All are critical in the face of 6.4 billion fake email messages sent every day, EY says. The overwhelming number of potential attacks launched against organizations means that cybersecurity must be part of the business strategy and reflected in the organization's governance. Yet, according to the report, "At the moment, there is significant room for improvement. Fewer than 1 in 10 organizations say their information security function currently fully meets their needs — and many are worried that vital improvements are not yet under way."

With approaches that include working to prevent incidents and preparing to deal with incidents when they do occur, the studies show that many organizations have yet to effectively create a cybersecurity strategy that meets the needs of the business — or the incident at hand.

Related Content:

 

Black Hat Europe returns to London Dec 3-6 2018  with hands-on technical Trainings, cutting-edge Briefings, Arsenal open-source tool demonstrations, top-tier security solutions and service providers in the Business Hall. Click for information on the conference and to register.

Curtis Franklin Jr. is Senior Editor at Dark Reading. In this role he focuses on product and technology coverage for the publication. In addition he works on audio and video programming for Dark Reading and contributes to activities at Interop ITX, Black Hat, INsecurity, and ... View Full Bio

Comment  | 
Print  | 
More Insights
Comments
Newest First  |  Oldest First  |  Threaded View
REISEN1955
50%
50%
REISEN1955,
User Rank: Ninja
10/12/2018 | 8:46:23 AM
4. Increase C-Suite awareness
Lower level staff and cyber expets are well aware of the dangers and methods used by foreign actors, phishing emails and such - but education UP and down the corporae ladder is essential.  C-Suite MUST back the security effort fully and without excuses (Equifax) so it becomes part of IT structure.  Lower levle staff must know the  basics - phishing emails most common cause, malicious websites (no porn) and such.   Unless the knowledge is spread around, other fixes remain problematic at best and ineffective at worst. 
12 Free, Ready-to-Use Security Tools
Steve Zurier, Freelance Writer,  10/12/2018
Most IT Security Pros Want to Change Jobs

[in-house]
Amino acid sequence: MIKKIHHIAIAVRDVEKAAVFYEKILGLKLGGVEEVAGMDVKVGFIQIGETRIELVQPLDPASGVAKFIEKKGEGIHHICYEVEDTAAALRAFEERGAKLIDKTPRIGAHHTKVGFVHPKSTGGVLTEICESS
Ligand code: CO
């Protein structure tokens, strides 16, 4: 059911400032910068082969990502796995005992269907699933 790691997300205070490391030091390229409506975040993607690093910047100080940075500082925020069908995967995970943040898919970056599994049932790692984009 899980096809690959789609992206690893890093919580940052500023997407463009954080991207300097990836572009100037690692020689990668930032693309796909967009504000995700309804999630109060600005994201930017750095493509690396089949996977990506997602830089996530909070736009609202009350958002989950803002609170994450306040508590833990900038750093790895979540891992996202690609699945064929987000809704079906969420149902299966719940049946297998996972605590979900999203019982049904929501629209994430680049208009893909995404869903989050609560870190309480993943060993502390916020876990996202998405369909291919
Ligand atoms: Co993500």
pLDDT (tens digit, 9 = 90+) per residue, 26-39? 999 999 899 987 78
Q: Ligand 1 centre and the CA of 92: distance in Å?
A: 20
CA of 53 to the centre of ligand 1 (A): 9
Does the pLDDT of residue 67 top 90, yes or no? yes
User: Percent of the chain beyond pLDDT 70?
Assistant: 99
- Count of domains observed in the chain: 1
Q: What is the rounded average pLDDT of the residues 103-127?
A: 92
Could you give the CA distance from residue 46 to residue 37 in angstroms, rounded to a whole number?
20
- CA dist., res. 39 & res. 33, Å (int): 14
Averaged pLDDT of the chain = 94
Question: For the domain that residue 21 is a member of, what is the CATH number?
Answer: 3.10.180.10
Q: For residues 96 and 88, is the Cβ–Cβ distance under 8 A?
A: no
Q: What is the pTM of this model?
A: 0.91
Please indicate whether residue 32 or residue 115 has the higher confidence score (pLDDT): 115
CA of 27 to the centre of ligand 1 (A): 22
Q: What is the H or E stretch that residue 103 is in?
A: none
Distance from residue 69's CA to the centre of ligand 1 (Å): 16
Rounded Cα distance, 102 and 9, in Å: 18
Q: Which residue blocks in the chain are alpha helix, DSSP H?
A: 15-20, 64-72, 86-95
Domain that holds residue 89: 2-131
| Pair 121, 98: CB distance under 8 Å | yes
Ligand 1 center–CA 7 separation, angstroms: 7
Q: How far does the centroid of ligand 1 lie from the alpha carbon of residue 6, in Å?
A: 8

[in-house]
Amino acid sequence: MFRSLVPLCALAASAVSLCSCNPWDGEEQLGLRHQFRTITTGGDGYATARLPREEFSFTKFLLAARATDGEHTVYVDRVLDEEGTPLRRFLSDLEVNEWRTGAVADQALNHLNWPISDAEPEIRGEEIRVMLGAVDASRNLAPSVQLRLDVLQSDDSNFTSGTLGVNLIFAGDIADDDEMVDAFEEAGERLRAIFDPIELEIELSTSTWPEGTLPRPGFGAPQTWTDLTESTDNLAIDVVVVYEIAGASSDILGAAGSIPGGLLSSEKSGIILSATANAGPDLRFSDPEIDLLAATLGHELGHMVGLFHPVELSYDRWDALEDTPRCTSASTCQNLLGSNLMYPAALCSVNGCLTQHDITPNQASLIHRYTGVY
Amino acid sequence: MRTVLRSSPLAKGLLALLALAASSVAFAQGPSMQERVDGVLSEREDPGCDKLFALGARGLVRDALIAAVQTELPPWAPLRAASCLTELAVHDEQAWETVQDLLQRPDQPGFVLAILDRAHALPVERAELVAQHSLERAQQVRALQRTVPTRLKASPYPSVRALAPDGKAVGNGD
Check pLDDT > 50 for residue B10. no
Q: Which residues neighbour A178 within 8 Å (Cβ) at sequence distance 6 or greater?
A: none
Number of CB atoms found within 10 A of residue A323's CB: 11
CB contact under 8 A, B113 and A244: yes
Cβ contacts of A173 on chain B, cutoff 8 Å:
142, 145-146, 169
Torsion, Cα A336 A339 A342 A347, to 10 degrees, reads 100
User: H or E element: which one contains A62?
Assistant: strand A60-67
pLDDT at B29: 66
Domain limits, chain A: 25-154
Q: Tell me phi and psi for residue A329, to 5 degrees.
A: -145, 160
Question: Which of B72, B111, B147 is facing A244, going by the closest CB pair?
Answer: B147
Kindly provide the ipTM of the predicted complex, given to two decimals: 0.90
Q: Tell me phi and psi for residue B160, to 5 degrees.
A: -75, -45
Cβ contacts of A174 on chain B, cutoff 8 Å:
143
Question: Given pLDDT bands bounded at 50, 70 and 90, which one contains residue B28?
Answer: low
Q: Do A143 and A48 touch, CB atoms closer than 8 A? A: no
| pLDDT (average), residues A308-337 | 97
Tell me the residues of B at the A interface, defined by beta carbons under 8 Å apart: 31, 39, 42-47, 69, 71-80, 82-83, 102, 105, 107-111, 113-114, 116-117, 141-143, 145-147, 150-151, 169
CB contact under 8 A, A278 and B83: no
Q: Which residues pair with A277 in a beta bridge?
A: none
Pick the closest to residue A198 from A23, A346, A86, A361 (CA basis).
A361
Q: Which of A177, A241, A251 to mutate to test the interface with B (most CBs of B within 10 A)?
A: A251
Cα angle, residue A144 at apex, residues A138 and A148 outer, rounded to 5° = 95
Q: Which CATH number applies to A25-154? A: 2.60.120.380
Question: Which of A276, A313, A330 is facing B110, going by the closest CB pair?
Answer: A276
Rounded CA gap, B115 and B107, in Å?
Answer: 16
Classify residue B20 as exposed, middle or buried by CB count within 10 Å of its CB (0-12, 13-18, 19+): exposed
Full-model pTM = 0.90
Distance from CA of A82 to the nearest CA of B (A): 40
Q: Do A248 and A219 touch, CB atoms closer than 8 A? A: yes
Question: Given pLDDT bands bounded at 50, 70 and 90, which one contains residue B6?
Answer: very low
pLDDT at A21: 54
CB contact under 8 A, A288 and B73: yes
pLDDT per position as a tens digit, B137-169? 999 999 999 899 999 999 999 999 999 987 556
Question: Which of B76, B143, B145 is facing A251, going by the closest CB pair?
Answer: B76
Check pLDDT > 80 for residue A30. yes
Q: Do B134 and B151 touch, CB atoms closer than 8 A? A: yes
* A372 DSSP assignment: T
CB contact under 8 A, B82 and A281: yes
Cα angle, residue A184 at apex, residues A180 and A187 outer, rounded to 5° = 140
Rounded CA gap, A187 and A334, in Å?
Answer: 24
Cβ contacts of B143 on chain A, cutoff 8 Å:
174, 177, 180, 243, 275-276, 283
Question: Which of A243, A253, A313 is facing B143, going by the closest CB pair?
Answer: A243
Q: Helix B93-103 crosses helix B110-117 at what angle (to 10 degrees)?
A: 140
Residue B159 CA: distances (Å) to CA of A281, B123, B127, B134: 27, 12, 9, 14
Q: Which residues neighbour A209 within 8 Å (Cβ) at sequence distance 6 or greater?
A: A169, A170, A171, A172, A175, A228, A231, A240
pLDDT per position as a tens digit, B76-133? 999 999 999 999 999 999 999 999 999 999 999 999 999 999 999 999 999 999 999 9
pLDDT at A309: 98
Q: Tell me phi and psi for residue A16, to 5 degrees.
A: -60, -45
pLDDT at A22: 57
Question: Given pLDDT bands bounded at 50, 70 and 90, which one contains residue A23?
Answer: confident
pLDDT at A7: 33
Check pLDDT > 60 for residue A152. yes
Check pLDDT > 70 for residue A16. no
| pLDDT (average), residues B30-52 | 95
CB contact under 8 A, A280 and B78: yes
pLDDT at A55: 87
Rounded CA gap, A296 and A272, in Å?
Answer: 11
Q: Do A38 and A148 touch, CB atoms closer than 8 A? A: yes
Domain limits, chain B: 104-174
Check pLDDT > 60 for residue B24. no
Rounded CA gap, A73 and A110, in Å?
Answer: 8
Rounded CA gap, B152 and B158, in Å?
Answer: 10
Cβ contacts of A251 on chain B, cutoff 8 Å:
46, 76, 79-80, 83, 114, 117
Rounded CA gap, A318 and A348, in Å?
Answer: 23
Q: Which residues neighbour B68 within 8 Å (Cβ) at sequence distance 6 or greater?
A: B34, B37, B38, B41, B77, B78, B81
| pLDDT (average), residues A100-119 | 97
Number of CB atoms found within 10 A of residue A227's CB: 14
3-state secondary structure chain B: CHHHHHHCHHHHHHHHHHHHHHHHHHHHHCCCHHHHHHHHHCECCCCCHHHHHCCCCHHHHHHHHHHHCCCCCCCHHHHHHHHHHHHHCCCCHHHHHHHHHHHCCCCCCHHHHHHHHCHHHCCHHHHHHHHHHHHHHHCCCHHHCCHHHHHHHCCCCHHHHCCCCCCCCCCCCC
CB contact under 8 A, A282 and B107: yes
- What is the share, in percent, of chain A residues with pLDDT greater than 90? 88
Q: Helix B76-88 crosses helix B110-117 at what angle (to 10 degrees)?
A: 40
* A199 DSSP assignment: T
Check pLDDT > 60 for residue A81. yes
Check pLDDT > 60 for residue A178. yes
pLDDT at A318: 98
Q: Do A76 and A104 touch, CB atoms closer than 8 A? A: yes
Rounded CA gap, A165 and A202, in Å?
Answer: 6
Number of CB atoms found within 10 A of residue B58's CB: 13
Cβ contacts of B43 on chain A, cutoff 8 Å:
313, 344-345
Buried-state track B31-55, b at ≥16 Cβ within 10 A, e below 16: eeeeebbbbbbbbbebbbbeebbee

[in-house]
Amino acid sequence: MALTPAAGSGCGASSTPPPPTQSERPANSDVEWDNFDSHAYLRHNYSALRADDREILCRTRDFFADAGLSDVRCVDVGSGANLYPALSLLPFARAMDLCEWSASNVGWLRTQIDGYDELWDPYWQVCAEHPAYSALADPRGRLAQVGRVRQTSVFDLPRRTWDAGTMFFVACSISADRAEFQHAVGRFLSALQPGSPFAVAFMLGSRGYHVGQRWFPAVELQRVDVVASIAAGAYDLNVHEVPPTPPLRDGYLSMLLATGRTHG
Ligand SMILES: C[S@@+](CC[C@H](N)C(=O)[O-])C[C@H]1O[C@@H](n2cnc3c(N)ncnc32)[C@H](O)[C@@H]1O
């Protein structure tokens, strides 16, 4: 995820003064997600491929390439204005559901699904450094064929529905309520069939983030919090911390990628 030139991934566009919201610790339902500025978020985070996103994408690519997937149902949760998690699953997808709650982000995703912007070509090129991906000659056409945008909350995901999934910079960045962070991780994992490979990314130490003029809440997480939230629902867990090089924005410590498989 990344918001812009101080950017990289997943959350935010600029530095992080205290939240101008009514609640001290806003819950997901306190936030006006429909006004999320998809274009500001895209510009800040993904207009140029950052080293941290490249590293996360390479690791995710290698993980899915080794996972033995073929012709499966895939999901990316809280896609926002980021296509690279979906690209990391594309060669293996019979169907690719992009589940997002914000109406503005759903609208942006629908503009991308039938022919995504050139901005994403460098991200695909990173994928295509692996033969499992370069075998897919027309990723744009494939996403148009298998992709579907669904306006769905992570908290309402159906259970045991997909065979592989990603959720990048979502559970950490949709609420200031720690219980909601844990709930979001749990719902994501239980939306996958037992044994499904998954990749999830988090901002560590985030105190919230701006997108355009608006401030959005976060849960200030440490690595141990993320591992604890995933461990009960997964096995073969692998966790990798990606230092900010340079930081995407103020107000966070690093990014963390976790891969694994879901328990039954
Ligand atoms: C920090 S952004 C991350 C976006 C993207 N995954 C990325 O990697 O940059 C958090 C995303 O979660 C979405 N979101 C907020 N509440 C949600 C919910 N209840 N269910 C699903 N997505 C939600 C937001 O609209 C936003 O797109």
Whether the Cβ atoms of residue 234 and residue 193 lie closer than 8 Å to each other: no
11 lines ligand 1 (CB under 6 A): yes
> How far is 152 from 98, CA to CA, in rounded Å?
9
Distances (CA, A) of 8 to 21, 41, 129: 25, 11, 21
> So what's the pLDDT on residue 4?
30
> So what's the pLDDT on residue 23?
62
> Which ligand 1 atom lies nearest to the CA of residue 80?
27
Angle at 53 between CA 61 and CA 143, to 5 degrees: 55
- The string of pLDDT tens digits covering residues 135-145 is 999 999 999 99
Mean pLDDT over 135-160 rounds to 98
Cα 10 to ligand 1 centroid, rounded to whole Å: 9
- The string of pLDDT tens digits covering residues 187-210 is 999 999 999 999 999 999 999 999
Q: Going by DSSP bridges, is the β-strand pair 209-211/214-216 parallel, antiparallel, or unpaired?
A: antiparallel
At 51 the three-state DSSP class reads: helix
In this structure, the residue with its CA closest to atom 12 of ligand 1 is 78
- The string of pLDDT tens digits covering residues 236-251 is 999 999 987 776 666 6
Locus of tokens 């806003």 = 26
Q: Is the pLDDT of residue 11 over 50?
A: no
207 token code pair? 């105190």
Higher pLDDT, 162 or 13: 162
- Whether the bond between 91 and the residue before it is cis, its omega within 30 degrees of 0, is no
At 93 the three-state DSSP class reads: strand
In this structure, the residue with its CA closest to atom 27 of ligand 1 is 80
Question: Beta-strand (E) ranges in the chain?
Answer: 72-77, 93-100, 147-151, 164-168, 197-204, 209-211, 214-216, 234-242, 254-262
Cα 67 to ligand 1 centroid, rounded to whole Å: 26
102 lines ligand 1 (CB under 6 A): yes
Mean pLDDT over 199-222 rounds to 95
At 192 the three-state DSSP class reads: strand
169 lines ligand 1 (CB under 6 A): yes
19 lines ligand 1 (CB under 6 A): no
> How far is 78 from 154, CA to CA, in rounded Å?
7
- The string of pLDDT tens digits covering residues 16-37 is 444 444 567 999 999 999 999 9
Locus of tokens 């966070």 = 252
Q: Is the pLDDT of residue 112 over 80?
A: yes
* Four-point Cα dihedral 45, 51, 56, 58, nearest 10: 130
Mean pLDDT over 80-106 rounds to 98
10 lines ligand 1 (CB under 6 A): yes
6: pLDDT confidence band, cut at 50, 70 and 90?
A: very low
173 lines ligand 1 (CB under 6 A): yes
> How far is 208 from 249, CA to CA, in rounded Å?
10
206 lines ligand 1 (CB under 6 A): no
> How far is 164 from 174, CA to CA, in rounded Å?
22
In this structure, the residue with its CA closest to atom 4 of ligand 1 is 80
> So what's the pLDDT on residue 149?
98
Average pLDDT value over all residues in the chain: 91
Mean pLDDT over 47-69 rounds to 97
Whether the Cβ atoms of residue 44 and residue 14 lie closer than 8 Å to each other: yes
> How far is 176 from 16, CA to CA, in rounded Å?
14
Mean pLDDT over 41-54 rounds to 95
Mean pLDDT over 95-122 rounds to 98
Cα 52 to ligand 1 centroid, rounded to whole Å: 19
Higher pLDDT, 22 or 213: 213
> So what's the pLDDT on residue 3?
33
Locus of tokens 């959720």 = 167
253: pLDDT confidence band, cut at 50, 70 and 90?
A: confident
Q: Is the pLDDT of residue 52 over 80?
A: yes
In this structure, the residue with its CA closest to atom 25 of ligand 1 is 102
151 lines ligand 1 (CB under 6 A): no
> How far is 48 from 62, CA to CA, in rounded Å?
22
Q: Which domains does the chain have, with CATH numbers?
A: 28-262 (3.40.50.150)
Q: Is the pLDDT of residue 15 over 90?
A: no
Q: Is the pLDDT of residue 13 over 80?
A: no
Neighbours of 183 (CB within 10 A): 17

Dark Reading Staff 10/12/2018
6 Security Trends for 2018/2019
Curtis Franklin Jr., Senior Editor at Dark Reading,  10/15/2018
Register for Dark Reading Newsletters
White Papers
Video
Cartoon Contest
Current Issue
Flash Poll
The Risk Management Struggle
The Risk Management Struggle
The majority of organizations are struggling to implement a risk-based approach to security even though risk reduction has become the primary metric for measuring the effectiveness of enterprise security strategies. Read the report and get more details today!
Twitter Feed
Dark Reading - Bug Report
Bug Report
Enterprise Vulnerabilities
From DHS/US-CERT's National Vulnerability Database
CVE-2018-10839
PUBLISHED: 2018-10-16
Qemu emulator <= 3.0.0 built with the NE2000 NIC emulation support is vulnerable to an integer overflow, which could lead to buffer overflow issue. It could occur when receiving packets over the network. A user inside guest could use this flaw to crash the Qemu process resulting in DoS.
CVE-2018-13399
PUBLISHED: 2018-10-16
The Microsoft Windows Installer for Atlassian Fisheye and Crucible before version 4.6.1 allows local attackers to escalate privileges because of weak permissions on the installation directory.
CVE-2018-18381
PUBLISHED: 2018-10-16
Z-BlogPHP 1.5.2.1935 (Zero) has a stored XSS Vulnerability in zb_system/function/c_system_admin.php via the Content-Type header during the uploading of image attachments.
CVE-2018-18382
PUBLISHED: 2018-10-16
Advanced HRM 1.6 allows Remote Code Execution via PHP code in a .php file to the user/update-user-avatar URI, which can be accessed through an "Update Profile" "Change Picture" (aka user/edit-profile) action.
CVE-2018-18374
PUBLISHED: 2018-10-16
XSS exists in the MetInfo 6.1.2 admin/index.php page via the anyid parameter.